Between 1969 and 1970, Creedence Clearwater Revival (CCR) put together a string of hit songs that few artists/bands can (and likely ever will) rival: “Born on the Bayou,” “Proud Mary,” “Bad Moon Rising,” “Down on the Corner,” “Fortunate Son,” “Lookin’ Out My Back Door” and “Have You Ever Seen the Rain?”
Often ridiculed for its written-for-radio songs and lack of innovation, CCR is more often than not that band you’re burnt-out on, due in large part because radio has run the music into the ground.
From the book Rock and Roll: A Social History, by Paul Friedlander,
“Creedence Clearwater Revival was another band from the wrong side of the bay [San Francisco] and was criticized for a proclivity to produce three-minute AM hits. To many Bay Area critics, Creedence was an East Bay top-40 band who wrote AM-oriented ditties that contained none of the counterculture experimentation that characterized the “authentic” San Francisco sound. They were late (their first hit came in 1968) and straight. In hindsight, however, this criticism is somewhat shortsighted; CCR was, of course, affected by the surrounding societal turbulence, and their songs do reflect, at least lyrically, some of the same issues as those of their psychedelic neighbors.”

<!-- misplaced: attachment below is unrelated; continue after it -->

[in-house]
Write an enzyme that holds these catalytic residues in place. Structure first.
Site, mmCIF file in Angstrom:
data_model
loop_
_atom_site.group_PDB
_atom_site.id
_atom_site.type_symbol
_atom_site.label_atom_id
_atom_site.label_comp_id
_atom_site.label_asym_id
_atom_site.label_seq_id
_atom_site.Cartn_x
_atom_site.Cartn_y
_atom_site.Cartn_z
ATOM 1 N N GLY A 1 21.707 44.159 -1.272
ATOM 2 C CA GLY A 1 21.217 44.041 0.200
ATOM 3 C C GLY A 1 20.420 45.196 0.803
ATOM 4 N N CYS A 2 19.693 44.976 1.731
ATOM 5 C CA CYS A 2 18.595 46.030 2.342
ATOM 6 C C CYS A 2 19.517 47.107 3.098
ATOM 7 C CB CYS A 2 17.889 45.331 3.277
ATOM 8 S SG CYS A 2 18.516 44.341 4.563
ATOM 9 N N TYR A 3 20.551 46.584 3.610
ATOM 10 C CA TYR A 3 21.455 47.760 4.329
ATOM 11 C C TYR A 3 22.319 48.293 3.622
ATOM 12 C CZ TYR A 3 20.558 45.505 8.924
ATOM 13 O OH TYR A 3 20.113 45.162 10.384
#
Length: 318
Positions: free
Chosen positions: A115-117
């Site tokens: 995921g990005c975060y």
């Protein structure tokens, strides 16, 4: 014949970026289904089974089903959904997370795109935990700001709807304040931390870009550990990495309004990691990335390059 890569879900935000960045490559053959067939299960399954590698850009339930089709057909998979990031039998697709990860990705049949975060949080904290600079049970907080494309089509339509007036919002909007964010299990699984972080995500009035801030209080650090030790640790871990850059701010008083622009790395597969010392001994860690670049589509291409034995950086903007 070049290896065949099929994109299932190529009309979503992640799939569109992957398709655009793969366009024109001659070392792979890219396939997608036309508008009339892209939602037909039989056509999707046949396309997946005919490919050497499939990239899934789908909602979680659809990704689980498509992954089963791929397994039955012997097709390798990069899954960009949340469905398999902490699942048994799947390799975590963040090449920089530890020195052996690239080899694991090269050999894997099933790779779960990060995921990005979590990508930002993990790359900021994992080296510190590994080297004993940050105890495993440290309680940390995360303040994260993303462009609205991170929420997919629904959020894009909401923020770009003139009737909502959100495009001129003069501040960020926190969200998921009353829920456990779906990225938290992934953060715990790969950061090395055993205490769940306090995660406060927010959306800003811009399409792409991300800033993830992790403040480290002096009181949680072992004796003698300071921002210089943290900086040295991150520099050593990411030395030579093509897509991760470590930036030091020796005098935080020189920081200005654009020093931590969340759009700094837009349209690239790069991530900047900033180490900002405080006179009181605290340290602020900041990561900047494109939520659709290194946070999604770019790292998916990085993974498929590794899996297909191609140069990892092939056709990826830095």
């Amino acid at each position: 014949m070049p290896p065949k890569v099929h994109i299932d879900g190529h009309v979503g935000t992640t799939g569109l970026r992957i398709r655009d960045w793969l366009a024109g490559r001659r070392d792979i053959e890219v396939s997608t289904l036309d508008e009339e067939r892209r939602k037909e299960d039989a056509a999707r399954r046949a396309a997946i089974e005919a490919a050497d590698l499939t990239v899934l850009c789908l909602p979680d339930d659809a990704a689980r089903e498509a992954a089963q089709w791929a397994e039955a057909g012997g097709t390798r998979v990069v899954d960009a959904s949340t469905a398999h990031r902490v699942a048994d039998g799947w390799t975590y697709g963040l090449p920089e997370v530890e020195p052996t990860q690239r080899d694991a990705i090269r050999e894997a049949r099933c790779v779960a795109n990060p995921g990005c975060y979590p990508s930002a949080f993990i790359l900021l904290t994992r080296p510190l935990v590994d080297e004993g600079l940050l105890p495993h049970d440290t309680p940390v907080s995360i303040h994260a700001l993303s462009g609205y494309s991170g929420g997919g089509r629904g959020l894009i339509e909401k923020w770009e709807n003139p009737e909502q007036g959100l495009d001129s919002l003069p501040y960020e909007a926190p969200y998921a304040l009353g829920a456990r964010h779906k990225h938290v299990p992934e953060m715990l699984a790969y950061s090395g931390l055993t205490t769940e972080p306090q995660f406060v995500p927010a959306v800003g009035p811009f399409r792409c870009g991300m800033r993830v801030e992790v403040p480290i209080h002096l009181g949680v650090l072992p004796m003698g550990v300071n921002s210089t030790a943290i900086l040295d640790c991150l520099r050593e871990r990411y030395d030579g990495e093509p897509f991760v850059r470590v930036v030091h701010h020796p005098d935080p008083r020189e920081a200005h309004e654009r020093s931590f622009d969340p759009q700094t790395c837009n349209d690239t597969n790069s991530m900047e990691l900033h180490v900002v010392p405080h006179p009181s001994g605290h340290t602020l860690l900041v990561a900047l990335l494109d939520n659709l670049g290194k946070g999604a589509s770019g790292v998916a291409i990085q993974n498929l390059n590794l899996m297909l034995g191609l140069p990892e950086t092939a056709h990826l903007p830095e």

Maybe (ok, it was) more innovative music was born in the late 1960s and early 1970s, but there is still (and always will be) something to art that permeates and remains in popular culture, for these are the works that truly make a difference, the works that actually elicit common-ground for discussion and betterment.
Also from Rock and Roll: A Social History,
“In 1969 CCR released six million-selling singles and two million-selling albums.”
Granted, the economic and art-consumption landscape is nearly 180 degrees different in 2009 than it was in 1969, but people are still people, and this is a staggering statistic for the music industry.
We’re still dealing with anti-war and warmongering mindsets in a very real way. We are still human, with a basic need for art, because art expresses what we are thinking and feeling when most of us have no idea how to reconcile this mix of emotion and thought in a way that provides any release.
Here is a video CCR’s “Fortunate Son,” set to Vietnam images, put together by Hard Rain Productions.